By Matthew Willett

When old friends get together it isn't surprising to see a new development or two.

Princeton, N.J.-based Medarex Inc., Biosite Diagnostics Inc. and Eos Biotechnology Inc., all already collaborators, joined in a new collaboration that aims at using Eos targets to create anticancer antibodies using Medarex and Biosite's Transphage Technology.

The triple collaboration calls for South San Francisco-based Eos to provide Biosite, of San Diego, with tens of targets over three years, development fees, milestone fees, royalties from successful products and annual target maintenance fees.

"Most deals are two-party collisions," Eos CEO David Martin joked. "This is a three-party collision, if you will. What's different is that we, and we think Medarex and Biosite as well, clearly recognized that none of us has all the technology and the expertise we need to be successful, but we're willing and desire to partner appropriately and share in the benefits. We assume that by partnering we can create, as Don [Drakeman, Medarex CEO] says, 'more shots on goal,' and share the proceeds."

In this collaboration, Biosite will get diagnostic rights to the targets, and Medarex expects to receive payment pursuant to its existing collaboration with Eos, entered in 1999, that called for antibody generation for Eos anticancer targets.

That anticancer antibody generation deal's expansion last February gave Eos access to Medarex's HuMAb-Mouse technology for antibody production as well as up to $75 million in cash, credit and potential milestone payments. Medarex and Eos will jointly own any resultant products from the six- to nine-candidate deal. (See BioWorld Today, Feb. 15, 2000.)

Medarex CEO Donald Drakeman said the combination of Biosite's Omniclonal phage display technology and his company's HuMAb-Mouse antibody generation technology should be useful to Eos.

Medarex and Biosite joined technologies in June in a $24 million deal that the companies aimed at using to lure partners. The companies said at the time that they would seek partnerships like this one, the first since their alliance was formed. (See BioWorld Today, June 2, 2000.)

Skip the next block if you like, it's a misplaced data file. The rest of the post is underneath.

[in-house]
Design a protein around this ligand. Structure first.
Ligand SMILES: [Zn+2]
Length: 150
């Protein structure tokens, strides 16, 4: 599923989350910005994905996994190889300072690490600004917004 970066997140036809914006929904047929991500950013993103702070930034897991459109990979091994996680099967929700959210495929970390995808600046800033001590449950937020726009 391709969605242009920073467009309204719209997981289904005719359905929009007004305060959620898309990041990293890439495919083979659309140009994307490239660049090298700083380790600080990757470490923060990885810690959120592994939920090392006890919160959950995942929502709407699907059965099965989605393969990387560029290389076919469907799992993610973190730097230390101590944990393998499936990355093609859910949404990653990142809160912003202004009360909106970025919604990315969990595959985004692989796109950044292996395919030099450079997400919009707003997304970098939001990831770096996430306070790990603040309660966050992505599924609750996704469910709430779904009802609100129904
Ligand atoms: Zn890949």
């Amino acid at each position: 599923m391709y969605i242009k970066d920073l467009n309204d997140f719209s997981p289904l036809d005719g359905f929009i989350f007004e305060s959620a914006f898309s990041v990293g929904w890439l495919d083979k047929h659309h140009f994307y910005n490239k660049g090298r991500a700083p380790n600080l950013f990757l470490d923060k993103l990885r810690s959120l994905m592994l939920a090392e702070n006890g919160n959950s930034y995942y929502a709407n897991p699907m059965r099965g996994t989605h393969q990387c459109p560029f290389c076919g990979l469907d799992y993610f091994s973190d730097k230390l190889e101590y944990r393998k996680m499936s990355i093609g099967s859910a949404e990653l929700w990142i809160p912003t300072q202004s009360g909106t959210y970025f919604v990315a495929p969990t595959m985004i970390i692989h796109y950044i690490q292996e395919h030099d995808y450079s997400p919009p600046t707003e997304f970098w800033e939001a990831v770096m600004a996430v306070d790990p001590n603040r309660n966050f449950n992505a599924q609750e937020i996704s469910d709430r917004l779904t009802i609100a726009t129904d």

"Traditional phage display is that the phage tries to create antibody fragments from naove libraries, randomly created libraries, and that's a little hit or miss," Drakeman told BioWorld Today. "We handle here, instead of naove libraries, what we call immunized libraries. We take the target and immunize one of our transgenic mice, which creates an immune response. Then we take the cells that create the antibodies and apply the phage to create huge libraries of antibody fragments to specific targets of interest. It's a precise tool to create many antibody fragments to precise targets."

The deal represents the 32nd collaboration using Medarex's HuMAb mouse, Drakeman said.

Biosite's vice president of corporate and investor relations, Nadine Padilla, said the diagnostics rights are the richest downstream part of Biosite's deal with Eos and Medarex.

"For diagnostics we have a very aggressive effort under way to discover new markers for diseases that lack blood tests," Padilla said. "We're trying to gain as much access as possible to targets that we can put into our marker mining process that will tell us if we do have a diagnostic application there. If we find something good enough we'll put it in the product development pipeline, and that will benefit our partner as well since the diagnostic product development cycle is much less than drug discovery, and they'll receive some royalty should we develop some diagnostic product from a target."

Medarex's stock (NASDAQ:MEDX) rose $4.125 Monday, or 20 percent, closing at $26.688. Biosite's shares (NASDAQ:BSTE) rose $1.875 to close at $37. Eos is privately held. n